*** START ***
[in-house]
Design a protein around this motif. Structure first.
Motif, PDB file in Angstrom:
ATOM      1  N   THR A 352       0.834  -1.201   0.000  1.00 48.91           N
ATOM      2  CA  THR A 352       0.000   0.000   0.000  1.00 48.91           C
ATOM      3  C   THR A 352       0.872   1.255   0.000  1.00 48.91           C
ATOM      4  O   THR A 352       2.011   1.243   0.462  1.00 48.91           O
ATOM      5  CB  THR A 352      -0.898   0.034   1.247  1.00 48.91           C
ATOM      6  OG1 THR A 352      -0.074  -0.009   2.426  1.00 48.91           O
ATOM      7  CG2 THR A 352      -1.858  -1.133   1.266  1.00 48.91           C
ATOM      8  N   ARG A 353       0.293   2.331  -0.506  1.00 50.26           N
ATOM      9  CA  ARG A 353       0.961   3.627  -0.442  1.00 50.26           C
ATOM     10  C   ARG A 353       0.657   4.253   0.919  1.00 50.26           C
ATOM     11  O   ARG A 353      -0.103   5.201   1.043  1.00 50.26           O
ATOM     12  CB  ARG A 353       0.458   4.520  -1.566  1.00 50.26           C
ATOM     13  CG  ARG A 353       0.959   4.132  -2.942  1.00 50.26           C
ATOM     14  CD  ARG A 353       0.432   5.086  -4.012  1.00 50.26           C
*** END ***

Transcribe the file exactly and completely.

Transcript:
[in-house]
Design a protein around this motif. Structure first.
Motif, PDB file in Angstrom:
ATOM      1  N   THR A 352       0.834  -1.201   0.000  1.00 48.91           N
ATOM      2  CA  THR A 352       0.000   0.000   0.000  1.00 48.91           C
ATOM      3  C   THR A 352       0.872   1.255   0.000  1.00 48.91           C
ATOM      4  O   THR A 352       2.011   1.243   0.462  1.00 48.91           O
ATOM      5  CB  THR A 352      -0.898   0.034   1.247  1.00 48.91           C
ATOM      6  OG1 THR A 352      -0.074  -0.009   2.426  1.00 48.91           O
ATOM      7  CG2 THR A 352      -1.858  -1.133   1.266  1.00 48.91           C
ATOM      8  N   ARG A 353       0.293   2.331  -0.506  1.00 50.26           N
ATOM      9  CA  ARG A 353       0.961   3.627  -0.442  1.00 50.26           C
ATOM     10  C   ARG A 353       0.657   4.253   0.919  1.00 50.26           C
ATOM     11  O   ARG A 353      -0.103   5.201   1.043  1.00 50.26           O
ATOM     12  CB  ARG A 353       0.458   4.520  -1.566  1.00 50.26           C
ATOM     13  CG  ARG A 353       0.959   4.132  -2.942  1.00 50.26           C
ATOM     14  CD  ARG A 353       0.432   5.086  -4.012  1.00 50.26           C